by Claude Chendjou

PARIS (Reuters) – Major European stock markets are expected to rise on Thursday on hopes of a deceleration in inflation in Germany as other leading macroeconomic data, such as U.S. gross domestic product (GDP) in the fourth quarter, are also on the agenda.

Futures contracts on indices suggest an increase of 0.61% for the CAC 40 in Paris, 0.69% for the Dax in Frankfurt, 0.44% for the FTSE 100 in London and 0.70% for the EuroStoxx 50.

After the recent strains on the banks, investors now have their eyes on the evolution of interest rates and the economic situation. They will take notice at 12:00 GMT of the data on consumer prices in March in Germany before those for the whole of the euro zone on Friday. The Reuters consensus expects HICP inflation to slow to 0.8% over one month and 7.5% over one year in Europe’s largest economy. The first inflation data in the German state of North Rhine-Westphalia show a deceleration to 0.6% over one month and 6.9% over one year against respectively +1.0% and +8.5 % in February.

Two officials of the European Central Bank, Peter Kazimir and Philip Lane, however estimated on Wednesday that the ECB should continue to raise its interest rates to contain the rise in prices.

In the United States, the expectation is for the final GDP figures for the last quarter of 2022, which should show growth of 2.7% at an annualized rate according to the Reuters consensus. This statistic includes the PCE price index, the preferred gauge of inflation by the US Federal Reserve (Fed).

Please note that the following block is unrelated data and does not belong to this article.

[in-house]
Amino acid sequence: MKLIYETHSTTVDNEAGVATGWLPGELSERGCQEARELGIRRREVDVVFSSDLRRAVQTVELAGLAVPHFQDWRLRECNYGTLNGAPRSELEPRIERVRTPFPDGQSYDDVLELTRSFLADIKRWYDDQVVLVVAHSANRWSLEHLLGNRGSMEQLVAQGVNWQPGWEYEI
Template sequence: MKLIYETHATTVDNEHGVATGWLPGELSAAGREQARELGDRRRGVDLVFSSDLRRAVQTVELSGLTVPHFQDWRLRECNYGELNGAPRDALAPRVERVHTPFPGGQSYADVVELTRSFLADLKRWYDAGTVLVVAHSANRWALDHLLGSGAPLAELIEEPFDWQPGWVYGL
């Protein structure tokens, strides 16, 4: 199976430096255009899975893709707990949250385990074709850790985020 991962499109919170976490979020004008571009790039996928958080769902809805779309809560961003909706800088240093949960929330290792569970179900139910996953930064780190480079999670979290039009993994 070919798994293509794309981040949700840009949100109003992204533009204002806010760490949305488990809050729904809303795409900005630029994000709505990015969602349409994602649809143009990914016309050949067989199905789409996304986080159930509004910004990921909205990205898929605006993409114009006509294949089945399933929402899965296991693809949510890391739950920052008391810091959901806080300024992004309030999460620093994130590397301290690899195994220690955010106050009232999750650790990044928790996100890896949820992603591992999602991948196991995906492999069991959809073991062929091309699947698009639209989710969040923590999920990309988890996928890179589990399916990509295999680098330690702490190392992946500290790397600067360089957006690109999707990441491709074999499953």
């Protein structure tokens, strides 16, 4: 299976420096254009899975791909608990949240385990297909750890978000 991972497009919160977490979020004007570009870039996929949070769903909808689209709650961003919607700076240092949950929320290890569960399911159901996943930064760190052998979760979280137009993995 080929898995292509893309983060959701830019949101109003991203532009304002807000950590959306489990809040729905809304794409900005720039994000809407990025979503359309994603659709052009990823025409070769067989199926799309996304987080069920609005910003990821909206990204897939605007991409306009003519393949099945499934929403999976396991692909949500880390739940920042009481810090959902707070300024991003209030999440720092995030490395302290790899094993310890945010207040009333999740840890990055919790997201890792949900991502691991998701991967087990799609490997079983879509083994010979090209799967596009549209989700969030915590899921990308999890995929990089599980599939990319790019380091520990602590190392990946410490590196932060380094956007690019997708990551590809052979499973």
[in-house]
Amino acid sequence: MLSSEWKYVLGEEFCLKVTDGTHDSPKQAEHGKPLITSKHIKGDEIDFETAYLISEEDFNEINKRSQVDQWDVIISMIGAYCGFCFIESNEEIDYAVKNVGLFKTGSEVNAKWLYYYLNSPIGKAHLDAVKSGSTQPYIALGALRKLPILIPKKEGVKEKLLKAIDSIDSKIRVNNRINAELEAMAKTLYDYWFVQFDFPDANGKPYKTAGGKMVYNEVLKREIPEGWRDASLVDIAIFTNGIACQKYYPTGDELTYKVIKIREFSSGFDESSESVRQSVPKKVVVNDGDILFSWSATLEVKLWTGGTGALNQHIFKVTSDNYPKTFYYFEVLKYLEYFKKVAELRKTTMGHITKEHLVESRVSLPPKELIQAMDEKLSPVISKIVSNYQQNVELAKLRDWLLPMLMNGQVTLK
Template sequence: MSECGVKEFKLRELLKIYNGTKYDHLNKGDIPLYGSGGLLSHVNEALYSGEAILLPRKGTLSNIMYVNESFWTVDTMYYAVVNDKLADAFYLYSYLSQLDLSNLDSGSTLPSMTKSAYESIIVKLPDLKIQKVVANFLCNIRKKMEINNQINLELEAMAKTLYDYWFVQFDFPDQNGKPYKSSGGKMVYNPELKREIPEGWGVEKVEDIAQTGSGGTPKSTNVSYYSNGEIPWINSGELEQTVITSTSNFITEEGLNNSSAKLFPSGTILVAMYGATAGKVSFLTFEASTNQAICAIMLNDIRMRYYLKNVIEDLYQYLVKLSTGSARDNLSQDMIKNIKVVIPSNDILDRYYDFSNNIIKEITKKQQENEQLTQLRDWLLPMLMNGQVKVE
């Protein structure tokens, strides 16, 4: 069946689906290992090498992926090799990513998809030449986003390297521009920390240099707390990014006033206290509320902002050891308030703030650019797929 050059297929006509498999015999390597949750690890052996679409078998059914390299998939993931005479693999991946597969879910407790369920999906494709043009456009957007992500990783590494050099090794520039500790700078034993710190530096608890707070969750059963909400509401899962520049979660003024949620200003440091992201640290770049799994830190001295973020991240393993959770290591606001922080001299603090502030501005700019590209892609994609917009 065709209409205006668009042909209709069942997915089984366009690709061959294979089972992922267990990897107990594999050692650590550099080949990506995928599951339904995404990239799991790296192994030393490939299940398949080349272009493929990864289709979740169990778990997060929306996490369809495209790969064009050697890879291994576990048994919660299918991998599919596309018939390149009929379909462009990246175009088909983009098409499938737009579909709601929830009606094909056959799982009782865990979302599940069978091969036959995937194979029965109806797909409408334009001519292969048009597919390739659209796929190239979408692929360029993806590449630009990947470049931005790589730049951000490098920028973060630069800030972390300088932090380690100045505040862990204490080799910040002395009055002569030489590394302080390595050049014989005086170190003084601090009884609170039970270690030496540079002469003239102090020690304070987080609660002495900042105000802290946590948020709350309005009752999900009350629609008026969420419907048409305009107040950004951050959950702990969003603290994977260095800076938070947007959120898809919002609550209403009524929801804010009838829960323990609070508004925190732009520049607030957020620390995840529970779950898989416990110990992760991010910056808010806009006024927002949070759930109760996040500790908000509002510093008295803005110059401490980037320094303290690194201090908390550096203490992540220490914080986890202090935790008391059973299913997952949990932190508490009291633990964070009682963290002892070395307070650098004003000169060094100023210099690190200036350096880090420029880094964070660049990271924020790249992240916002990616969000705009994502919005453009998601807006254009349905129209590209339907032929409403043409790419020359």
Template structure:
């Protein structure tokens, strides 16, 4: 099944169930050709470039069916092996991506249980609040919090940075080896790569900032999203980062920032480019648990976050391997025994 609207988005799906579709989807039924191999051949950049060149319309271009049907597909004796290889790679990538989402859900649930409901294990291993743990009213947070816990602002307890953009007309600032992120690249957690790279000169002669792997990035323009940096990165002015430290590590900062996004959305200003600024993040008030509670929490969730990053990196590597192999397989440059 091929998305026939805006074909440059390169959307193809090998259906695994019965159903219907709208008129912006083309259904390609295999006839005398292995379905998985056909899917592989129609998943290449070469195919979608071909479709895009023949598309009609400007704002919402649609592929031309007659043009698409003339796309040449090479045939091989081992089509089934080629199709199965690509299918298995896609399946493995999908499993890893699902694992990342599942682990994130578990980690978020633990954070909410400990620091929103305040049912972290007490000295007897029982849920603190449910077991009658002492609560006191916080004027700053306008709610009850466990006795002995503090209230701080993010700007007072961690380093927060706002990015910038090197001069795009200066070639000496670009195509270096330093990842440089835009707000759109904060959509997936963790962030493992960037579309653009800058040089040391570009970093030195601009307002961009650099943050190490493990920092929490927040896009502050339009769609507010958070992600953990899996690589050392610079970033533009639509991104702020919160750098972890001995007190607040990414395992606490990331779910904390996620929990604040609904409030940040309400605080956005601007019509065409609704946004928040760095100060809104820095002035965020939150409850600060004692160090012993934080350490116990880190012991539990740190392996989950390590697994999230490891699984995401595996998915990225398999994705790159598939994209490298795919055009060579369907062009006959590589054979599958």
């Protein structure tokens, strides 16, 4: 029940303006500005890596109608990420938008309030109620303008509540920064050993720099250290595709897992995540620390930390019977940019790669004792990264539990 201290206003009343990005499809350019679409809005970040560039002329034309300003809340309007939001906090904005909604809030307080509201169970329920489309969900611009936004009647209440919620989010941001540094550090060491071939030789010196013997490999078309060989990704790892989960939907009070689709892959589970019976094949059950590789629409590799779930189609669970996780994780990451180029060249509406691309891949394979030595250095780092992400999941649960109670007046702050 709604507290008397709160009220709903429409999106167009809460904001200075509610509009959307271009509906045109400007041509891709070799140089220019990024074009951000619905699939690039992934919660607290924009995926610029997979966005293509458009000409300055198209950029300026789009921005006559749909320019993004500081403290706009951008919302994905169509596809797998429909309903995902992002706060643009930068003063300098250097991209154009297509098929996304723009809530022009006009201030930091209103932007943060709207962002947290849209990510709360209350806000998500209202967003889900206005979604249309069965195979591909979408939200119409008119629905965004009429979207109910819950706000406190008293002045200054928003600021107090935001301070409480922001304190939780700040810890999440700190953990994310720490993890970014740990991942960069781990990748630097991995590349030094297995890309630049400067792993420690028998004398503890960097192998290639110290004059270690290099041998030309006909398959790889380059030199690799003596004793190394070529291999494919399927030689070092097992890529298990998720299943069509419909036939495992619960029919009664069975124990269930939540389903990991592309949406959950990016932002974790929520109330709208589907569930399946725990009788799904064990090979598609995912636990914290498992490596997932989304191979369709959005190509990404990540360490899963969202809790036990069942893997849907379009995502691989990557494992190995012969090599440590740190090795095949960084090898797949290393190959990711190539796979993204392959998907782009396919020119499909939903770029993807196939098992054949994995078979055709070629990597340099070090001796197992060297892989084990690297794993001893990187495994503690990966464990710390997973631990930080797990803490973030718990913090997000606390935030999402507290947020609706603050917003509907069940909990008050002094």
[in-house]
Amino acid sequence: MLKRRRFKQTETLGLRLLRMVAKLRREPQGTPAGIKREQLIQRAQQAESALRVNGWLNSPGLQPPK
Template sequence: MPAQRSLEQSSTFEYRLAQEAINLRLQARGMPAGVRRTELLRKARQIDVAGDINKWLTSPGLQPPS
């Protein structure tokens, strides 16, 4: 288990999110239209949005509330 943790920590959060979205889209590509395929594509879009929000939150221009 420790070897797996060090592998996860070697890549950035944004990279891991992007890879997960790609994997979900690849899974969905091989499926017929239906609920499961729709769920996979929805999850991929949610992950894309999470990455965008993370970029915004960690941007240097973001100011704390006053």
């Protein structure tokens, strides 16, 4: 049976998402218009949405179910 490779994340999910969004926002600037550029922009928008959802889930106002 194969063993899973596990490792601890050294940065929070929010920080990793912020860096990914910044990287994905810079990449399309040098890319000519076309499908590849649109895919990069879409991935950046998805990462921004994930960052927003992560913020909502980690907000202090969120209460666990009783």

Traders are currently pricing in a 42% chance of a 25 basis point Fed rate hike in May, according to CME Group’s Fedwatch Barometer.

“We will (probably) see the Fed end its (tightening) campaign at the May meeting because the recession is not far away,” said Peter Cardillo, chief economist at Spartan Capital Securities.


The New York Stock Exchange ended higher on Wednesday as encouraging forecasts from several companies, including semiconductor maker Micron, eased investor fears about the economy, amid ongoing banking sector woes. the object of their attention.

The Dow Jones Industrial Average gained 1%, or 323.35 points, to 32,717.60 points.

The broader S&P-500 gained 56.54 points, or 1.42%, to 4,027.81 points.

The Nasdaq Composite advanced for its part by 210.16 points (1.79%) to 11,926.24 points.

Micron was very optimistic in its forecast for 2025, citing growth in sales related to artificial intelligence. The semiconductor maker’s stock rose 7.2%, dragging the Nasdaq and the S&P-500 in its wake.

Adding to the optimism, Lululemon Athletica said it expected a better-than-expected full-year profit, which caused its stock to jump 12.7%.



On the Tokyo Stock Exchange, the Nikkei index ended with a loss of 0.56% to 27,728.57 points and the Topix, broader, fell 0.61% to 1,983.32 points.

In China, the Shanghai SSE Composite rose 0.49% and the CSI 300 gained 0.67%.

The MSCI index comprising stocks from Asia and the Pacific (excluding Japan) gained 0.3%, the third consecutive session in the green, in a context of easing fears about the banks. Alibaba’s reorganization also raises hopes that the storm over Beijing’s tightening of tech stocks is beginning to dissipate.


The dollar was almost unchanged on Thursday (-0.05%) against a basket of benchmark currencies, as traders awaited new macroeconomic data.

The euro is trading at 1.0835 dollars (-0.06%).


The yield on ten-year US Treasury bills is virtually stable at 3.5677% and the two-year one is at 4.0886%. The latter is expected to lose around 30 basis points over the whole quarter, the first decline since March 2020.

Ten-year and two-year German Bund yields fell 2.6 points to 2.27% and 3.9 points to 2.58%, respectively.


The oil market is almost stable after three consecutive sessions of increases linked to fears over supply following the suspension of crude oil exports from Iraqi Kurdistan.

Brent fell 0.03% to 78.30 dollars a barrel and US light crude (West Texas Intermediate, WTI) rose 0.16% to 73.09 dollars.

(Written by Claude Chendjou, edited by Bertrand Boucey and Kate Entringer)

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